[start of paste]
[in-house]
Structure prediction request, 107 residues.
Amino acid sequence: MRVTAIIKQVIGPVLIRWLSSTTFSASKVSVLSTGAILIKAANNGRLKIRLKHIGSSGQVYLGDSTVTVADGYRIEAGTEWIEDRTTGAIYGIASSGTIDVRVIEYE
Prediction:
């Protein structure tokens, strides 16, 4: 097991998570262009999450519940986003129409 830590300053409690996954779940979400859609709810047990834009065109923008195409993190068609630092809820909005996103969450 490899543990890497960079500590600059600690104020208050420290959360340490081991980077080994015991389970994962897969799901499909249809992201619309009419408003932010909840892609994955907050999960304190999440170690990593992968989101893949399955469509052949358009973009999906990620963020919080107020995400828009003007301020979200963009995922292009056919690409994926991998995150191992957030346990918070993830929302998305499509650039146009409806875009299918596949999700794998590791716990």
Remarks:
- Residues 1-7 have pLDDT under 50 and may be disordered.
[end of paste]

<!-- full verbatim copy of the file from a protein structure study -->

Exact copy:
[in-house]
Structure prediction request, 107 residues.
Amino acid sequence: MRVTAIIKQVIGPVLIRWLSSTTFSASKVSVLSTGAILIKAANNGRLKIRLKHIGSSGQVYLGDSTVTVADGYRIEAGTEWIEDRTTGAIYGIASSGTIDVRVIEYE
Prediction:
């Protein structure tokens, strides 16, 4: 097991998570262009999450519940986003129409 830590300053409690996954779940979400859609709810047990834009065109923008195409993190068609630092809820909005996103969450 490899543990890497960079500590600059600690104020208050420290959360340490081991980077080994015991389970994962897969799901499909249809992201619309009419408003932010909840892609994955907050999960304190999440170690990593992968989101893949399955469509052949358009973009999906990620963020919080107020995400828009003007301020979200963009995922292009056919690409994926991998995150191992957030346990918070993830929302998305499509650039146009409806875009299918596949999700794998590791716990």
Remarks:
- Residues 1-7 have pLDDT under 50 and may be disordered.